Humans are like a "bridge meal" for a White shark, i.e., they eat enough to last to the next meal. If the shark is very hungry, it will often eat the entire human, e.g., Lloyd Skinner. Perceiving these self-evident dynamics, the real danger of exiting the cage on a White shark dive is that a less dominant White shark (i.e., displaced by more mature and/or experienced sharks at the cage dive feeding events) may be in a more palpable state of "predation mode" than its brethren that are, in my personal experience, in "free meal at the cage dive" mode.

But to say "humans aren't on the shark's menu" is flat out false. How can you reconcile the evidence that proves otherwise (e.g., Heather Boswell attack, Lloyd Skinner attack, USS Indianapolis, et al.)? It can't be done. Crocs, sharks, bears, hyenas...all generalist feeders, all opportunistic man-eaters on occasions.

Jasen  Anderson

In reply to Roy Malleappah....Lions and crocodiles are known to include humans on the menu without exception when they can get their teeth around one. Sharks on the whole do not and their behaviour is reasonably well understood, so the comparison is an illogical one. Having dived with a number of various types of sharks myself apart from great whites, I can see this all too clearly.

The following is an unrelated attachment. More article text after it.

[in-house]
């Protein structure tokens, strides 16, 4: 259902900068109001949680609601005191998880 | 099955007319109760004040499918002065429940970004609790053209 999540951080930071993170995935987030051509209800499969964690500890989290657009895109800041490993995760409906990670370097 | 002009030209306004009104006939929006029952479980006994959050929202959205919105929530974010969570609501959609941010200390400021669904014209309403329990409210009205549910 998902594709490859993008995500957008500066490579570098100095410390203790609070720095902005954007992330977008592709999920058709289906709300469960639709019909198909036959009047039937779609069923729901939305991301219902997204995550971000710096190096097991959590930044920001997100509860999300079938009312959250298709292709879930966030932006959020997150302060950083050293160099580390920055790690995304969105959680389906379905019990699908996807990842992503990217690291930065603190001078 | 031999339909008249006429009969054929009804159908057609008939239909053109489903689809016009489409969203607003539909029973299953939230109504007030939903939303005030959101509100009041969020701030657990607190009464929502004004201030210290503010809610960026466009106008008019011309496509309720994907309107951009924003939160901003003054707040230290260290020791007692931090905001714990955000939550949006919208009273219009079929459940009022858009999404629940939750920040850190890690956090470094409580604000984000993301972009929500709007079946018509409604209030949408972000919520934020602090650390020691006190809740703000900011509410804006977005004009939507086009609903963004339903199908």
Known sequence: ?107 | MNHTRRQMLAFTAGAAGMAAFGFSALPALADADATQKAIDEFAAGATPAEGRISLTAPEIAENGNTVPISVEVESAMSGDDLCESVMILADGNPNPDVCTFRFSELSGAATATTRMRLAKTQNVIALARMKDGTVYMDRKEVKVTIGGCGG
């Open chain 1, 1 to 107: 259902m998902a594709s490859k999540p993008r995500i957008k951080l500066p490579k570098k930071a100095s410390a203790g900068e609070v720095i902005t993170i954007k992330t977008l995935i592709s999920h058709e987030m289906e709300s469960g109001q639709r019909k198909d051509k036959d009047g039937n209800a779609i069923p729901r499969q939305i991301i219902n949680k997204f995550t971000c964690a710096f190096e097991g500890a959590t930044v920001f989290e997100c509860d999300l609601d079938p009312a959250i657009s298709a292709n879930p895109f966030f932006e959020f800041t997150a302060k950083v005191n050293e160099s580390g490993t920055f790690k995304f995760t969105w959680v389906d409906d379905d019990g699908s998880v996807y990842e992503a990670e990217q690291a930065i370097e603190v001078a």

Jasen  Anderson

You won't see me diving with them but I have no issue with it. These sharks do not realise that surfers(humans) are not a part of their menu, which is proven by the fact that they do not appear to go after divers(other types of humans). Sharks have always made mistakes when it comes to surfers or swimmers on the water surface regardless of the shark diving industry....and the trend has not seemingly increased as a result of it. These divers do so at the own risk however and one would hope accept all responsibilities for the outcome should the circumstances change, no less than a climber would when scaling Mt Everest.

Dominick

"He who swim with sharks will get bitten by man."

Leanne Bentley

Dangerous, yes. But so is driving a car or crossing the street. If you venture outside the cage to this degree, you must understand that you are taking a huge risk - this is a very big, and not wholly understood, animal. Unfortunately, these sort of "relaxed" interactions can lead to a lessened sense of that risk, and people get more bold, which is when accidents will happen. That shark can get to you in a split second - a lot faster than you can get back to the cage. An animal of this size only needs to have a "nibble" at you for you to be dead. So long as this guy isn't chumming the water, I have no strenuous objections, although the risk is way too great for me. I will stick to standing on top of the cage.

Roy Malleappah

I totally agree with Mr.Douglas.We humans always think that we can predict wild animals,which is very foolish.Tempting fate is absolutely stupid and irresponsible,especially with the public.If for some reason there is an attack on a diver,Mexico will shut down all access to the island,causing everyone to suffer.If this is done for scientific reasons,that's one thing but doing it to prove a point or personal satisfaction involving the public is absolutely irresponsible. Andre Hartman of south Africa has done it at Guadalupe,that's his own undertaking.Next time you are in Africa why not swim with Nile crocodiles,or go pet a lion in the Serengeti.You get my point.